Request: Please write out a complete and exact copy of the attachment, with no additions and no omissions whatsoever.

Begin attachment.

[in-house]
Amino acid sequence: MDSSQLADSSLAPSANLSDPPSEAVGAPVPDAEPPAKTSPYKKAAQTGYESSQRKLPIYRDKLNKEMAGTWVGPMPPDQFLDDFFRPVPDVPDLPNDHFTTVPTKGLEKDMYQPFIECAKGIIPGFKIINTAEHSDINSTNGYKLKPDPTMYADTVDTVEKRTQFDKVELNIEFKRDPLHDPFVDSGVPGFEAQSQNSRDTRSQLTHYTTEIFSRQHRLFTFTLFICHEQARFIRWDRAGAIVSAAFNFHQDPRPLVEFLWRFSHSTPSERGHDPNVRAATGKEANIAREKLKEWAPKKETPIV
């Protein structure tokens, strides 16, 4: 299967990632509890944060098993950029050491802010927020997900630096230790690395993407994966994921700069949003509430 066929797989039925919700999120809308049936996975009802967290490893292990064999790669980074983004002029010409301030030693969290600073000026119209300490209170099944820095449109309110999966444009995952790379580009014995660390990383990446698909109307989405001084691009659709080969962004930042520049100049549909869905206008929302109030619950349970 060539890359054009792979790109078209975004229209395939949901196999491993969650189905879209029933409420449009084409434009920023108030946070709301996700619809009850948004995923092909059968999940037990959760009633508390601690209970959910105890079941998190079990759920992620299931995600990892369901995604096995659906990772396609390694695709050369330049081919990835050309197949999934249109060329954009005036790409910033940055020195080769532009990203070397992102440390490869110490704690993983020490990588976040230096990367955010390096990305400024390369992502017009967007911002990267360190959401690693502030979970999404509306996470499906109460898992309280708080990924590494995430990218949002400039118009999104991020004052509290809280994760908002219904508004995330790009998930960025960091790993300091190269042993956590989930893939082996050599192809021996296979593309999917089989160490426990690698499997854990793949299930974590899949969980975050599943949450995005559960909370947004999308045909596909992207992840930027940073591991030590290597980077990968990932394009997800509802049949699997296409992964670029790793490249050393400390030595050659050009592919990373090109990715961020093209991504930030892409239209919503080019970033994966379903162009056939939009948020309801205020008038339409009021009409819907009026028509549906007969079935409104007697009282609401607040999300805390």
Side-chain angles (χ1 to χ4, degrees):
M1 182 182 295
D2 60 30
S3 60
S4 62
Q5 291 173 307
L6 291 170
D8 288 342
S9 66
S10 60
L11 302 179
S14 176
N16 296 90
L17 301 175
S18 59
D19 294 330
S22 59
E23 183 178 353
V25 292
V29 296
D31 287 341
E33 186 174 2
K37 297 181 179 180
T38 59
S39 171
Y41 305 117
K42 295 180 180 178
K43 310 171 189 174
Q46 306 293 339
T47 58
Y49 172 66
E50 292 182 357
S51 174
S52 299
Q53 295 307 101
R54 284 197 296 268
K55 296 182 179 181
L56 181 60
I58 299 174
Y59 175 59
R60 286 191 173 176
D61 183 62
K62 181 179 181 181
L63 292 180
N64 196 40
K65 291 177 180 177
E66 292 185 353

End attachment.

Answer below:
[in-house]
Amino acid sequence: MDSSQLADSSLAPSANLSDPPSEAVGAPVPDAEPPAKTSPYKKAAQTGYESSQRKLPIYRDKLNKEMAGTWVGPMPPDQFLDDFFRPVPDVPDLPNDHFTTVPTKGLEKDMYQPFIECAKGIIPGFKIINTAEHSDINSTNGYKLKPDPTMYADTVDTVEKRTQFDKVELNIEFKRDPLHDPFVDSGVPGFEAQSQNSRDTRSQLTHYTTEIFSRQHRLFTFTLFICHEQARFIRWDRAGAIVSAAFNFHQDPRPLVEFLWRFSHSTPSERGHDPNVRAATGKEANIAREKLKEWAPKKETPIV
């Protein structure tokens, strides 16, 4: 299967990632509890944060098993950029050491802010927020997900630096230790690395993407994966994921700069949003509430 066929797989039925919700999120809308049936996975009802967290490893292990064999790669980074983004002029010409301030030693969290600073000026119209300490209170099944820095449109309110999966444009995952790379580009014995660390990383990446698909109307989405001084691009659709080969962004930042520049100049549909869905206008929302109030619950349970 060539890359054009792979790109078209975004229209395939949901196999491993969650189905879209029933409420449009084409434009920023108030946070709301996700619809009850948004995923092909059968999940037990959760009633508390601690209970959910105890079941998190079990759920992620299931995600990892369901995604096995659906990772396609390694695709050369330049081919990835050309197949999934249109060329954009005036790409910033940055020195080769532009990203070397992102440390490869110490704690993983020490990588976040230096990367955010390096990305400024390369992502017009967007911002990267360190959401690693502030979970999404509306996470499906109460898992309280708080990924590494995430990218949002400039118009999104991020004052509290809280994760908002219904508004995330790009998930960025960091790993300091190269042993956590989930893939082996050599192809021996296979593309999917089989160490426990690698499997854990793949299930974590899949969980975050599943949450995005559960909370947004999308045909596909992207992840930027940073591991030590290597980077990968990932394009997800509802049949699997296409992964670029790793490249050393400390030595050659050009592919990373090109990715961020093209991504930030892409239209919503080019970033994966379903162009056939939009948020309801205020008038339409009021009409819907009026028509549906007969079935409104007697009282609401607040999300805390």
Side-chain angles (χ1 to χ4, degrees):
M1 182 182 295
D2 60 30
S3 60
S4 62
Q5 291 173 307
L6 291 170
D8 288 342
S9 66
S10 60
L11 302 179
S14 176
N16 296 90
L17 301 175
S18 59
D19 294 330
S22 59
E23 183 178 353
V25 292
V29 296
D31 287 341
E33 186 174 2
K37 297 181 179 180
T38 59
S39 171
Y41 305 117
K42 295 180 180 178
K43 310 171 189 174
Q46 306 293 339
T47 58
Y49 172 66
E50 292 182 357
S51 174
S52 299
Q53 295 307 101
R54 284 197 296 268
K55 296 182 179 181
L56 181 60
I58 299 174
Y59 175 59
R60 286 191 173 176
D61 183 62
K62 181 179 181 181
L63 292 180
N64 196 40
K65 291 177 180 177
E66 292 185 353